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Strategic public action facing the expansion of voluntary sustainability standards: implications for sustainability of global value chains in Brazil and Malaysia

Guéneau S., Gueneau S., Djama M.. 2016. In : Joanaz de Melo João (ed.), Disterheft Antje (ed.), Caeiro Sandra (ed.), Santos Rui F. (ed.), Ramos Tomás B. (ed.). Proceedings of the 22nd International Sustainable Development Research Society Conference (ISDRS 2016), Vol. 2. Caparica : CENSE; ISDRS, p. 577-577. International Sustainable Development Research Society Conference. 22, 2016-07-13/2016-07-15, Lisbonne (Portugal).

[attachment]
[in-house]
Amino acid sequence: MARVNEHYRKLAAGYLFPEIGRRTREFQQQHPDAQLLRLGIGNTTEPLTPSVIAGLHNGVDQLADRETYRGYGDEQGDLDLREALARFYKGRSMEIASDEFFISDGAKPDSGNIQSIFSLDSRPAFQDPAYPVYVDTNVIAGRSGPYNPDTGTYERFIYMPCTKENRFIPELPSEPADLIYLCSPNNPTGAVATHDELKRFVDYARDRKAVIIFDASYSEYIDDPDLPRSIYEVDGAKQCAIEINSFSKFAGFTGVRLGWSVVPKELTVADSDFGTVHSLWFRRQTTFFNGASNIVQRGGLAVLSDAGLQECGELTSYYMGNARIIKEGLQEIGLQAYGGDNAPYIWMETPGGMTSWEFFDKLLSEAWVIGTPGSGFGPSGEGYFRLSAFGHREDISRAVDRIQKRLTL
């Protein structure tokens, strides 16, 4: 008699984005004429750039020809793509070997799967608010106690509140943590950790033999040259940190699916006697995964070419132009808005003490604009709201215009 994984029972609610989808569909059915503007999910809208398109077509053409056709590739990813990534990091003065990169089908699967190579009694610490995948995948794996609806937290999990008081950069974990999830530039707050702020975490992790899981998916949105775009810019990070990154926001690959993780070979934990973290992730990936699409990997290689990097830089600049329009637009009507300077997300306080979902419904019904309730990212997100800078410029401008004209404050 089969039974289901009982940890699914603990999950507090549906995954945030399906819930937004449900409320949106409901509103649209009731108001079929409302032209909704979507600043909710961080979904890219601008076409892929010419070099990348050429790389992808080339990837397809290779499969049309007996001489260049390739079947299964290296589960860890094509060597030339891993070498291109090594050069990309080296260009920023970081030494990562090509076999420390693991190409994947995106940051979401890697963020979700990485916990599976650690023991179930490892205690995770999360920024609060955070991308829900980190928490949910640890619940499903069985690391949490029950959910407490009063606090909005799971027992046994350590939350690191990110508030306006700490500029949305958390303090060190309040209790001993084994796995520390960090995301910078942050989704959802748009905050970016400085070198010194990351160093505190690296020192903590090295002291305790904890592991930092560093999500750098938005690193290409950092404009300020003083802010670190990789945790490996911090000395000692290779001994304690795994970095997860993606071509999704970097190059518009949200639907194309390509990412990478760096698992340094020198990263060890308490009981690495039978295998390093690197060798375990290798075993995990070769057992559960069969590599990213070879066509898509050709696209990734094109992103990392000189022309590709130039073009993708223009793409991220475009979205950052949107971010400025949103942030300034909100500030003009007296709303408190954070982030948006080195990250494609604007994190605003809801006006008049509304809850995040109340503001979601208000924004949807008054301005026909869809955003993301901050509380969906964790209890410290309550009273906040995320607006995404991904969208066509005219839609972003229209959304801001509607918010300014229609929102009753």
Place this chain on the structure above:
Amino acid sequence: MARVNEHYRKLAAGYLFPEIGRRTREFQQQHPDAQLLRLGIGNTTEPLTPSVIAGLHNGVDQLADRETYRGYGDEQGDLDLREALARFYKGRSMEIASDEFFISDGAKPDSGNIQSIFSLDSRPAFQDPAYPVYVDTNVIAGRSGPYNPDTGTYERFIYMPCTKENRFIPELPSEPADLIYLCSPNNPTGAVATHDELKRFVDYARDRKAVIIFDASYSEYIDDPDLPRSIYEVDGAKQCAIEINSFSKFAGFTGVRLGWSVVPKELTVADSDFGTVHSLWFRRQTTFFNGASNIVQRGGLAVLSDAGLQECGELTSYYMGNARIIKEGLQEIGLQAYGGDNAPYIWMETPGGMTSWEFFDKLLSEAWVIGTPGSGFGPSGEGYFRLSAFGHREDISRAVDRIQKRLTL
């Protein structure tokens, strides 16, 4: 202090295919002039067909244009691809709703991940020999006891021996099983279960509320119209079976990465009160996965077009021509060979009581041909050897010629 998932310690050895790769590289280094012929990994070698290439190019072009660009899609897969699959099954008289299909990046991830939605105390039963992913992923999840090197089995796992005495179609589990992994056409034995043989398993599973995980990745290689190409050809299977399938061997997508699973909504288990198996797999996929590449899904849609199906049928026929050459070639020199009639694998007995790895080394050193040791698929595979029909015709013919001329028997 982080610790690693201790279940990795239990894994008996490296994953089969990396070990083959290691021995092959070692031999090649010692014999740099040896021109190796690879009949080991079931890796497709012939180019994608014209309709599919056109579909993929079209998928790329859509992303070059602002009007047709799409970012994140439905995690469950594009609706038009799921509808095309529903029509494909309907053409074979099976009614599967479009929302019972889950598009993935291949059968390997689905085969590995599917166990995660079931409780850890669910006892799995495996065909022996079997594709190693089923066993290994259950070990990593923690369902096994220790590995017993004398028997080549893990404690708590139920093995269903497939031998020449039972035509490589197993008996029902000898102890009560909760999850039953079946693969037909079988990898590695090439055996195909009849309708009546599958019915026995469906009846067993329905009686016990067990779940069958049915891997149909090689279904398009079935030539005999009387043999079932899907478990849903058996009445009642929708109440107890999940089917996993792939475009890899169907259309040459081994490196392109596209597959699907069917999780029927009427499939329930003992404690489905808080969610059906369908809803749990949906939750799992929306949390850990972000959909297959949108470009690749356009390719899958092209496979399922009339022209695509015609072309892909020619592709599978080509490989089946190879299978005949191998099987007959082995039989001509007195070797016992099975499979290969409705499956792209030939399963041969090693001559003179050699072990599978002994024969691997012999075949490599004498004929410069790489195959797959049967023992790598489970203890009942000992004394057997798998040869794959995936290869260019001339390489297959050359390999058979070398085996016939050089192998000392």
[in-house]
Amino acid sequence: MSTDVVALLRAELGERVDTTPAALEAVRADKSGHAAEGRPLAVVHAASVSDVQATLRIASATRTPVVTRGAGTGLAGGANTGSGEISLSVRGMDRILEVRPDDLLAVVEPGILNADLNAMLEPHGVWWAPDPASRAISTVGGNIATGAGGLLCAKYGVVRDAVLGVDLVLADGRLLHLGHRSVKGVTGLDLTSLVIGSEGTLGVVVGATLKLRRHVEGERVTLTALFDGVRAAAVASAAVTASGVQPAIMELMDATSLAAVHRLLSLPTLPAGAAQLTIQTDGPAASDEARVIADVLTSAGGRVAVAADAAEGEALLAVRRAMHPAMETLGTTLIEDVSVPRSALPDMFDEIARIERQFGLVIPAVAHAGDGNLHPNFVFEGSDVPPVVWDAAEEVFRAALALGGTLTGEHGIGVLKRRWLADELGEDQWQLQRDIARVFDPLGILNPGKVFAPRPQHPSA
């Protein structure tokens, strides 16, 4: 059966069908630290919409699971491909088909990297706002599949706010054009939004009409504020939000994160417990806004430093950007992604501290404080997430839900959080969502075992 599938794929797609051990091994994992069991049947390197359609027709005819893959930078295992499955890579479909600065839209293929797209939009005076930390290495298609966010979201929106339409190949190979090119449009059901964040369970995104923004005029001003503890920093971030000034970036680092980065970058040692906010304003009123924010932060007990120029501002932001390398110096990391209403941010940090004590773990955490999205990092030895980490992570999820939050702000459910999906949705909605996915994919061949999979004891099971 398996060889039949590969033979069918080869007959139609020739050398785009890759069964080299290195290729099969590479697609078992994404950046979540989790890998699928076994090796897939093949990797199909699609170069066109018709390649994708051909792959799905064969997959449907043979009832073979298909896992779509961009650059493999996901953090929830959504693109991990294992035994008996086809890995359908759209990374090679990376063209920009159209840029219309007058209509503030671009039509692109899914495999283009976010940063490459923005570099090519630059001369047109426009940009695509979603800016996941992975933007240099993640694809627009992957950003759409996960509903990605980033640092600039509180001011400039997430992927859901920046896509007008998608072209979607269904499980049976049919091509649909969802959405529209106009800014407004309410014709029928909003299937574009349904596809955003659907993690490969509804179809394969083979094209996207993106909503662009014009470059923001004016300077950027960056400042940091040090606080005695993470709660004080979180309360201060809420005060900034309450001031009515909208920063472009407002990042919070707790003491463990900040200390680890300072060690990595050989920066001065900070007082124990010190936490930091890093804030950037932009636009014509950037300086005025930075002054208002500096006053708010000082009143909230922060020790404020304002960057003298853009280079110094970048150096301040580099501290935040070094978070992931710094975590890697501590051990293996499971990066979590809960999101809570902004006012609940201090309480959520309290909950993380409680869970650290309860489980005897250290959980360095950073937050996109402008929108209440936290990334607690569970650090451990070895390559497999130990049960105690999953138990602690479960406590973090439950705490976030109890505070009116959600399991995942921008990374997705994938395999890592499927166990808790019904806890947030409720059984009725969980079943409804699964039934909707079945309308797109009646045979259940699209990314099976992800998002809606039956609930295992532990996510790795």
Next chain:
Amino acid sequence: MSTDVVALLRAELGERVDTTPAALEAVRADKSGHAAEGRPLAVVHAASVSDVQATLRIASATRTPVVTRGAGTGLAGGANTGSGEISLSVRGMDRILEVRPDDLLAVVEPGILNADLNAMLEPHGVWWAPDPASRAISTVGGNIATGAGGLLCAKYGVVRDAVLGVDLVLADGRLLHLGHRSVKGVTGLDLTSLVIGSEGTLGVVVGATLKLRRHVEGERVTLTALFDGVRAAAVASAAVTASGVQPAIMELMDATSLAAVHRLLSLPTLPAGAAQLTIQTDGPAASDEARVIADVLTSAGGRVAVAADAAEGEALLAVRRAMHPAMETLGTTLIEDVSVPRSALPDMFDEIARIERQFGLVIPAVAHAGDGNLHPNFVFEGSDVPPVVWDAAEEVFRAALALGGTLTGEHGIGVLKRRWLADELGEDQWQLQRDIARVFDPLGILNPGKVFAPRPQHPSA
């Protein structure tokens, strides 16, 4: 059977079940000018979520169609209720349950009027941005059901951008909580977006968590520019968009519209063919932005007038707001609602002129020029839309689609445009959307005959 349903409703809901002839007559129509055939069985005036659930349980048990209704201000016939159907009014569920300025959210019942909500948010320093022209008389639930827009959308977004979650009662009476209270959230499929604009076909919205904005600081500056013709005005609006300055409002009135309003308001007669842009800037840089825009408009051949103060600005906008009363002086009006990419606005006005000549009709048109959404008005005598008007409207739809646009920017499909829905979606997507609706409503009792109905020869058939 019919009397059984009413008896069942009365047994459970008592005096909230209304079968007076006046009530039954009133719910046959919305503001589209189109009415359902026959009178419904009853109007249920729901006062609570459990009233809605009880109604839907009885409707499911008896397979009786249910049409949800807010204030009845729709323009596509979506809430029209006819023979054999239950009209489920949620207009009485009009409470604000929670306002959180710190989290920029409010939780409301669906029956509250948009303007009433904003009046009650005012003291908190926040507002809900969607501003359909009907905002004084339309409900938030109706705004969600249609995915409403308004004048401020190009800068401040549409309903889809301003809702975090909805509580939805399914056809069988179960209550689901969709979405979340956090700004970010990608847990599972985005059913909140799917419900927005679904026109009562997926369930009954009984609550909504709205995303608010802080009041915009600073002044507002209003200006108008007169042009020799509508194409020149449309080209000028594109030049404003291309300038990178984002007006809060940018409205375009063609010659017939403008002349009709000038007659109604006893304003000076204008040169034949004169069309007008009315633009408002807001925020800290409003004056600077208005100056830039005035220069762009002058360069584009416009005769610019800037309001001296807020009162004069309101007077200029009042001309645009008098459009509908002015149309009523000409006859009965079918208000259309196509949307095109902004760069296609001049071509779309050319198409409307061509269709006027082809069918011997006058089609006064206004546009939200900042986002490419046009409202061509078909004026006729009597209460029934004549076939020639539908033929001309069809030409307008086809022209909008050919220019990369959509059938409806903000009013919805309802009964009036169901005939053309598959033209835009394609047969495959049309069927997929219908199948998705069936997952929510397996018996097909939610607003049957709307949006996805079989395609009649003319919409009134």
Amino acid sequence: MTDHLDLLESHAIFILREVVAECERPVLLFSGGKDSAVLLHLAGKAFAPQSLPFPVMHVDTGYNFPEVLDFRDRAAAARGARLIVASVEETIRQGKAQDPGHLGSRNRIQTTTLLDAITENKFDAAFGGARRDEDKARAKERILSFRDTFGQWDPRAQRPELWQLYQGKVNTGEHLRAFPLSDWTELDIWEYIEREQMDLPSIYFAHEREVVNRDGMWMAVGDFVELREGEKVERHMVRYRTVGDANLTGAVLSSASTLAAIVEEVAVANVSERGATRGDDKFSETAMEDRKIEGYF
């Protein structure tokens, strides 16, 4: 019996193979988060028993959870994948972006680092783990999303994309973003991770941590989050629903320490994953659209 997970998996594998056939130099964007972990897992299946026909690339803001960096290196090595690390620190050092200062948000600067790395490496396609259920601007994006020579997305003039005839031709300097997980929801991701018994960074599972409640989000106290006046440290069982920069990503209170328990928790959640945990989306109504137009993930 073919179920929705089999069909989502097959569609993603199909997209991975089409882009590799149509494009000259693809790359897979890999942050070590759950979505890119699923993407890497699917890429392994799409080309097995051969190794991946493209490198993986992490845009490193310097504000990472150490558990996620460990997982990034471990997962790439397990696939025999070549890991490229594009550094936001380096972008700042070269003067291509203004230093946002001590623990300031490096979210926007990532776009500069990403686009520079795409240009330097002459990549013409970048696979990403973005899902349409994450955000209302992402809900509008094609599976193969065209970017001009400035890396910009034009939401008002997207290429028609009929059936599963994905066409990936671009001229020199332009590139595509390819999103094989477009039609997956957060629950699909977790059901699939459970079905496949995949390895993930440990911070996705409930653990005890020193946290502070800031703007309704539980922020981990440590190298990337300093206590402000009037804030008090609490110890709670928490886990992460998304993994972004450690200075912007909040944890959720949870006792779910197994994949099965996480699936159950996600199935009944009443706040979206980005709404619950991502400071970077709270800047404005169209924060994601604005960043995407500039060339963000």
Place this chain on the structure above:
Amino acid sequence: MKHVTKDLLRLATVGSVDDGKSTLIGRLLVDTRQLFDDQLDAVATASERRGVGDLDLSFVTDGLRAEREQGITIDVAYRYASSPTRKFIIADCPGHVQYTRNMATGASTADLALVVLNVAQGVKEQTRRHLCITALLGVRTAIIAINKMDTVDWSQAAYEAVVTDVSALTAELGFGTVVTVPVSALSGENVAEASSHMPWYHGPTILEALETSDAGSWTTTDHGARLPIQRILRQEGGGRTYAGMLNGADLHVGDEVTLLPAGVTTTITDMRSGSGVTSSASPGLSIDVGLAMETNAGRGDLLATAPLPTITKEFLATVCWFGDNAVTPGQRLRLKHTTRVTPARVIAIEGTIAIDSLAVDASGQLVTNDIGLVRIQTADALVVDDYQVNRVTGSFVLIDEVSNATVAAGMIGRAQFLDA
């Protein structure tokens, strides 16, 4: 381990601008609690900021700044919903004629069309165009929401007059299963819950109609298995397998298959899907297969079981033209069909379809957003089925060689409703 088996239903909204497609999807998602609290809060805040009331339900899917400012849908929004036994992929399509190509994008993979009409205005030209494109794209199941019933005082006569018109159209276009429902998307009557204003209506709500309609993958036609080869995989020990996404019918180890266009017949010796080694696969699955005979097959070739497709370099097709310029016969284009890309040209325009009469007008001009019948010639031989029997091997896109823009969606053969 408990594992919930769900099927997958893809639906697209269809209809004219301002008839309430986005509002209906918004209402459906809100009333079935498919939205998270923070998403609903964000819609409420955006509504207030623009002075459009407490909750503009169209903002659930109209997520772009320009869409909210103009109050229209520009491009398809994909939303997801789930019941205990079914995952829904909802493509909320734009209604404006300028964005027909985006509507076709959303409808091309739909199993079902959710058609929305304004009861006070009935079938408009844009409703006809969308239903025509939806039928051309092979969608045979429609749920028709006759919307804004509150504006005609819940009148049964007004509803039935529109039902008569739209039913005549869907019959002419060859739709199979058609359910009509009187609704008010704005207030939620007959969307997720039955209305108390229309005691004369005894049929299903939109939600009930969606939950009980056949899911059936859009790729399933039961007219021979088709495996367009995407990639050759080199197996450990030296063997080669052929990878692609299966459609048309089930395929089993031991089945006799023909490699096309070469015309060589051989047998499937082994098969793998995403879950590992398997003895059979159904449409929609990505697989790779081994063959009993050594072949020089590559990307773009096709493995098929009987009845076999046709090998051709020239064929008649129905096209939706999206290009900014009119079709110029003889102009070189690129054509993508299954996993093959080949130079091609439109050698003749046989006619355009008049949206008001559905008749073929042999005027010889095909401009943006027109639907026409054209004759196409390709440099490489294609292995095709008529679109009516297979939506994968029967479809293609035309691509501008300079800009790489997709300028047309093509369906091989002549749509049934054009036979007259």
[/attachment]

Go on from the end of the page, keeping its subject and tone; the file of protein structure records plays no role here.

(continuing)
The emergence and rapid spread of voluntary sustainability standards are transforming the boundaries between the public and private regulation, particularly regarding tropical agribusiness value chains. Following agricultural deregulation and international trade liberalization in the late 1980s, agribusiness value-chains regulations through new governance arrangements rely on the ¿retreat of the State¿ rhetoric. However, although the growing influence of non-state actors in world politics looks obvious, States are far from being sidelined. The development of voluntary sustainability standards contributes further to a change of the role of the state, instead of their retreat. This contribution aims at characterizing these transformations of the public action resulting from voluntary sustainability standards, through case studies conducted in two countries: Brazil and Malaysia. To do this, surveys have been conducted on two value chains in Brazil (sugarcane and beef) and one value-chain (palm-oil) in Malaysia. The results show firstly that voluntary sustainability standards are far from operating alone. Instead, in various cases, their effectiveness depends on a strong public action, as shown by the success of the fight against deforestation in the Brazilian Amazon. Furthermore, our work shows that the emergence of private standards implies a deep transformation of public action. In Brazil, for instance, new technologies of government have been set. By conditioning access to credit on sustainability goals and putting pressure on retailers and manufacturers, the Brazilian government has forced the cattle industry to self-organize in order to set-up sustainability standards that will make them "politically acceptable" on the global markets. However, these standards do not target family agriculture or the informal sectors, for which the social and environmental issues remain significant. In Malaysia, however, many public actors have expressed resistance facing the changes brought about by the development of voluntary sustainability standards. These private standards have been considered by the government as barriers to free trade and a threat to the sovereignty of the State. Public action is then reflected in attempts at re-appropriation of private standards through the creation of national standards, in order to compete or circumvent transnational private standards. These transformations of public action reveal differentiated strategies of states to maintain a certain level of control on the regulation of industrial sectors that are increasingly constrained by private form of transnational environmental governance. (Résumé d'auteur)

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